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Celebrating Illustration, Design, Cartoon and Comic Art of the Mid-20th Century

More Illustrated Album Covers

Monday, March 03, 2008

After an intense week of deep thoughts and difficult subject matter, I thought we could all use a breather. So this week let's look at some more illustrated album covers I found for a dollar (or less) at some of my local thrift shops...

Whether your a fan of traditional Jewish songs or your tastes run more to thrash metal (or maybe both?) there's no denying that the cover of this recent find would be much beloved of any mid-20th century illustration fan. I'm almost 97.5% sure that Mike Ludlow painted the album art - and probably in the late 50's.

If you take a look at some of the examples in my Mike Ludlow Flickr set I think you'll agree that this looks very similar to the work Ludlow was doing for The Saturday Evening Post and Esquire around 1957 to '61.

But since there is no signature visible we'll have to put a question mark behind the credits on this first one.

No doubt about the next record jacket, though - its signed in Ludlow's earlier signature style and is a great example of the classic 50's romance "big head" style the illustrators of the Cooper Studio perfected. I'm willing to bet Ludlow painted this piece around 1960.

And finally, a later period Ludlow album cover. Its got the popular mid-60's 'streaky line' style that many illustrators were adopting at that time... and the less legible signature that we were finally able to determine is Mike Ludlow's, thanks to reader Harold Henriksen, who helped identify it in this recent post.

You'll find plenty of other illustrated album covers -where else? -in my Illustrated Album Covers Flickr set.


  1. Leif, I have to say, that's about the most Christian/Catholic-looking Jewish family I've ever seen! Oi!!

  2. Great album cover art but Ludlow probably did use the same models for those Jewish folks songs as he did for the Christian folks songs album. I love the painting style.

  3. I really see a strong Coby Whitmore influence in the "Good Night Sweetheart" album cover. Whitmore used that blue color scheme frequently, but his style towards the late 50's and early 60's, became looser and more impressionistic than Ludlow's more academic resolved renderings. The paint streaks in the background of the "Glenn Miller" album cover, became more prominent, especially in Fuch's early Sports Illustrated illustrations... rendered in acrylics. Acrylics were brand new at that time. That effect was referred to as the "rain storm look". It is achieved by using a lot of medium in the paint, which makes it slick like painting on glass... very hard to control at first, but the happy accidents were could be exciting. Take a look at yesterday's Bob Peak illustration of a boy sitting against totally abstract background, and you will see how far that method was taken. At the time, it conveyed looseness, spontaneity and bold dramatic energy, replacing the smoother blended backgrounds of the early to mid 50's. It was a pretty daring and exciting new look for illustration. Ludlow is using a more subtle version of that look.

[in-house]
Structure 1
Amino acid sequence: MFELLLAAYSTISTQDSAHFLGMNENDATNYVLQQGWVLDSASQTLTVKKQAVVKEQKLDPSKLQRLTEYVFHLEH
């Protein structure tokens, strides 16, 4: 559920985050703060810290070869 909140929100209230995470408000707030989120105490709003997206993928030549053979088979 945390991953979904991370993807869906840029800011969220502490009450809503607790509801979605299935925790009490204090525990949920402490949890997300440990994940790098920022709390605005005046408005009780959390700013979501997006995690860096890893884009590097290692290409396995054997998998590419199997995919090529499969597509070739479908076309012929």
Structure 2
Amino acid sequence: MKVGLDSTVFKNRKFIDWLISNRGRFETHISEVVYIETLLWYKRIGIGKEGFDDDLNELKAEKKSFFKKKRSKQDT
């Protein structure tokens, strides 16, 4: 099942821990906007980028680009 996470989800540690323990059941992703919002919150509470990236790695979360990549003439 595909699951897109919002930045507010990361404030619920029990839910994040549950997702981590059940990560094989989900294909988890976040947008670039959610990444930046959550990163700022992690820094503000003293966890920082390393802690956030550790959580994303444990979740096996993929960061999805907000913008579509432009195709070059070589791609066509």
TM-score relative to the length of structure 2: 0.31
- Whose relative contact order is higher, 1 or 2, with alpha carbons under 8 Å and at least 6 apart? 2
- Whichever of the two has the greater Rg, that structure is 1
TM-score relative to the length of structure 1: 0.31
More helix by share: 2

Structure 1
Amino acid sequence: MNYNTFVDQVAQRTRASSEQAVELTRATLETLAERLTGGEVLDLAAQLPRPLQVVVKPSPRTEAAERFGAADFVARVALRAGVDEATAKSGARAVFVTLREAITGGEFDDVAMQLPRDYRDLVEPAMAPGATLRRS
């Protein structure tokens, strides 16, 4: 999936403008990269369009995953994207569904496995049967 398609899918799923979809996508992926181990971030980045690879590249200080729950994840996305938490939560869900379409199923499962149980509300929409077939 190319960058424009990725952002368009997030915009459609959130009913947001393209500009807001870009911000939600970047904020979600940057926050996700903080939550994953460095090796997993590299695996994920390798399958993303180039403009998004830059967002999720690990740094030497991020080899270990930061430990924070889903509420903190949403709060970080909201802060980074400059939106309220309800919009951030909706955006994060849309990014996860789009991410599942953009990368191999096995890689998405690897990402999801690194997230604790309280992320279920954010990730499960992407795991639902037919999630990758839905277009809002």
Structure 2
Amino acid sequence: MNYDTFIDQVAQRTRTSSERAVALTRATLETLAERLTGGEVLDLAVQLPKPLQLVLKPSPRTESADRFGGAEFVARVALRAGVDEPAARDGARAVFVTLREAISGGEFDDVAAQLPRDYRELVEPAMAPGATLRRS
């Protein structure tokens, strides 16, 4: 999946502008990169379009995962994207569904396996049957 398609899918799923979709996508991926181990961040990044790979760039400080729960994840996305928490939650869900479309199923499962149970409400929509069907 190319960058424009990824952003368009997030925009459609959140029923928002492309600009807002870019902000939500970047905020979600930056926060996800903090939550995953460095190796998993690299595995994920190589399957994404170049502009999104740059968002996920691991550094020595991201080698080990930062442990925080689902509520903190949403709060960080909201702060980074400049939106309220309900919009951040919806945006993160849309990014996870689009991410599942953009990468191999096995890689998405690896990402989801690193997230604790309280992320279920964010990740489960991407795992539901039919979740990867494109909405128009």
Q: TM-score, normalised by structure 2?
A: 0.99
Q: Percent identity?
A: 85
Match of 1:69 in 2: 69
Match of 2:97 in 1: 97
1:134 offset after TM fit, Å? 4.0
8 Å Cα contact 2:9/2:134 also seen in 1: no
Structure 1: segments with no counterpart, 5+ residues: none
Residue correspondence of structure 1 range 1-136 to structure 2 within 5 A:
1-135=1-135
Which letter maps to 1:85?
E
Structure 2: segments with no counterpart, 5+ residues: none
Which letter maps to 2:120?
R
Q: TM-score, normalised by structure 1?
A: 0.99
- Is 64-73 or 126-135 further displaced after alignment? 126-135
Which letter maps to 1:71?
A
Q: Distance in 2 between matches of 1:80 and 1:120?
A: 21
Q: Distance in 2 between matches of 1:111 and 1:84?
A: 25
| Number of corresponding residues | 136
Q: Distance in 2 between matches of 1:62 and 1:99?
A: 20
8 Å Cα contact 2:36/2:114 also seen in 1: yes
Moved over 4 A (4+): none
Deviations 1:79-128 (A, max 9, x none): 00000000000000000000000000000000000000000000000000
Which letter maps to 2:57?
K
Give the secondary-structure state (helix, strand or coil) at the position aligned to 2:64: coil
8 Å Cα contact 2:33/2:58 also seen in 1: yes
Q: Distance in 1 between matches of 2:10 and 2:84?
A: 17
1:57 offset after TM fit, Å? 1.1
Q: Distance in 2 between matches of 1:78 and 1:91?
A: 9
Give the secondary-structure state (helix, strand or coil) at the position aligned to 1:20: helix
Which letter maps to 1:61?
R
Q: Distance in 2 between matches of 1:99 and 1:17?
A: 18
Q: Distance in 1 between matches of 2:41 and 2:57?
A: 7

Tom Watson

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  5. In reference to Ava's comment. It reminded me of when my wife, a gentile, worked for a large insurance company in Los Angeles in 1961. She met a Jewish girl at work and they became close friends. One day my wife wore a cross necklace to work, and her friend was floored. She assumed my wife was Jewish, because of her appearance and personality. ( Actually my wife is English and Irish heritage.) Her friend was 20 years old, grew up in a Jewish neighborhood, and had never had a gentile friend in her life. They had a good laugh over it and remained close friends.

    Tom Watson





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